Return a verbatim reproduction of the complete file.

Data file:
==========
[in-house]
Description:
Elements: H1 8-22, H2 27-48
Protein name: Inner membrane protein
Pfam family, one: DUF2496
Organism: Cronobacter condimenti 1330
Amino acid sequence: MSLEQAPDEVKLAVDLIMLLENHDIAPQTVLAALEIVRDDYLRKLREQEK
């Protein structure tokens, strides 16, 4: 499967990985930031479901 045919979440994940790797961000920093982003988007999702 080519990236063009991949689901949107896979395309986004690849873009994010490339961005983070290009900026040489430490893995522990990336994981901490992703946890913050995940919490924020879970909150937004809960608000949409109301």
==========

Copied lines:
[in-house]
Description:
Elements: H1 8-22, H2 27-48
Protein name: Inner membrane protein
Pfam family, one: DUF2496
Organism: Cronobacter condimenti 1330
Amino acid sequence: MSLEQAPDEVKLAVDLIMLLENHDIAPQTVLAALEIVRDDYLRKLREQEK
């Protein structure tokens, strides 16, 4: 499967990985930031479901 045919979440994940790797961000920093982003988007999702 080519990236063009991949689901949107896979395309986004690849873009994010490339961005983070290009900026040489430490893995522990990336994981901490992703946890913050995940919490924020879970909150937004809960608000949409109301």